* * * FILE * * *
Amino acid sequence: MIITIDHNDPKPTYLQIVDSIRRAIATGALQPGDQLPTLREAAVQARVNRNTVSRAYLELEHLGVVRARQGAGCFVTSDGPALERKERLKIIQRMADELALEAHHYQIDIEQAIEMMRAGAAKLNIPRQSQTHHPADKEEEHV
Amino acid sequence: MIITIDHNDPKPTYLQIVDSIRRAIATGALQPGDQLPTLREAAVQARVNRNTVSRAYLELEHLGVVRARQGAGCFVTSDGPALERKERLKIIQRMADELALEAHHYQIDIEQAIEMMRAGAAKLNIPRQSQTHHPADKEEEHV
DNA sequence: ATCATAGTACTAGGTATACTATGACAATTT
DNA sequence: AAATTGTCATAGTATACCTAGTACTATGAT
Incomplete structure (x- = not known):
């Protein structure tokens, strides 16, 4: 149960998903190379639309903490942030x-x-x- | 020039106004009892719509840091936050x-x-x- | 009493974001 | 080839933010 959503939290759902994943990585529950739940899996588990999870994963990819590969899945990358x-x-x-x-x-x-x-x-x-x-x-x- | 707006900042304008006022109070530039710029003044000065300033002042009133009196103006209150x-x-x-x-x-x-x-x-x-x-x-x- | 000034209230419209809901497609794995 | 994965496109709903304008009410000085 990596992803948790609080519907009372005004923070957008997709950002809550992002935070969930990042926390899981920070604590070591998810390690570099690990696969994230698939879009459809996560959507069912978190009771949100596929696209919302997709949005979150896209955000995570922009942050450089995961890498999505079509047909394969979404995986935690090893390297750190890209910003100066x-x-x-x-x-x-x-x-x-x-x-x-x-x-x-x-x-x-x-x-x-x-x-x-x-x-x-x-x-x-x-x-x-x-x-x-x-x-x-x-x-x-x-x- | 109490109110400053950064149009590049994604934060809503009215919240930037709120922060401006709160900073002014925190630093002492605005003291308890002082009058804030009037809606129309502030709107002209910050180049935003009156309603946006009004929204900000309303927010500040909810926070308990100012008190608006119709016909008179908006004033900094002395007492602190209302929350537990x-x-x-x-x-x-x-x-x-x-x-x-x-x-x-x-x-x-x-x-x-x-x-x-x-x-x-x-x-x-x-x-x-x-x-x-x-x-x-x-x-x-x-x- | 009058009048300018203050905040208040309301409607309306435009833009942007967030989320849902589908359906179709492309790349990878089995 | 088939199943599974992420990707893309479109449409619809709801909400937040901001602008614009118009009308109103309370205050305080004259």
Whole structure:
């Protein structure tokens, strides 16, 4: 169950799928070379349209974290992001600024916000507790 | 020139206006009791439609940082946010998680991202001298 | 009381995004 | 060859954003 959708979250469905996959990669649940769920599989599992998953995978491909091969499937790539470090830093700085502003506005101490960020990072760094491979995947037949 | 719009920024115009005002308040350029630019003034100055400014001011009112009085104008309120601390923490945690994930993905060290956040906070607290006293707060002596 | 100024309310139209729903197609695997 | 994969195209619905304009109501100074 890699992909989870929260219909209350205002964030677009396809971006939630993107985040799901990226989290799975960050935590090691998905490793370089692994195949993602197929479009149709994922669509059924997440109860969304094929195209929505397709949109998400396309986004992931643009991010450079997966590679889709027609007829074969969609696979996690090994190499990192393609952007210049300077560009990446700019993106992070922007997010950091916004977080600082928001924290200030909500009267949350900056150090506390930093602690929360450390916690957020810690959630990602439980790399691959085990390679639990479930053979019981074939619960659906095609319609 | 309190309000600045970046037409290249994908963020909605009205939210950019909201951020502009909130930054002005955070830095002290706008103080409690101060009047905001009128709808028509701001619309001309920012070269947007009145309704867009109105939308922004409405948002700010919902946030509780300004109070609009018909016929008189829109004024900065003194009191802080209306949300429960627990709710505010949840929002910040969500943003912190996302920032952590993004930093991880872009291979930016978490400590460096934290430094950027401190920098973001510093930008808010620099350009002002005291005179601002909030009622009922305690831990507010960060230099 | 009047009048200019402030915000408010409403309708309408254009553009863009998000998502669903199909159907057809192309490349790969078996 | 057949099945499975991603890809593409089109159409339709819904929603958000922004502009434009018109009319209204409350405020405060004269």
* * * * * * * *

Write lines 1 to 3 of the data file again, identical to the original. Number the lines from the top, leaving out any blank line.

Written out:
Amino acid sequence: MIITIDHNDPKPTYLQIVDSIRRAIATGALQPGDQLPTLREAAVQARVNRNTVSRAYLELEHLGVVRARQGAGCFVTSDGPALERKERLKIIQRMADELALEAHHYQIDIEQAIEMMRAGAAKLNIPRQSQTHHPADKEEEHV
Amino acid sequence: MIITIDHNDPKPTYLQIVDSIRRAIATGALQPGDQLPTLREAAVQARVNRNTVSRAYLELEHLGVVRARQGAGCFVTSDGPALERKERLKIIQRMADELALEAHHYQIDIEQAIEMMRAGAAKLNIPRQSQTHHPADKEEEHV
DNA sequence: ATCATAGTACTAGGTATACTATGACAATTT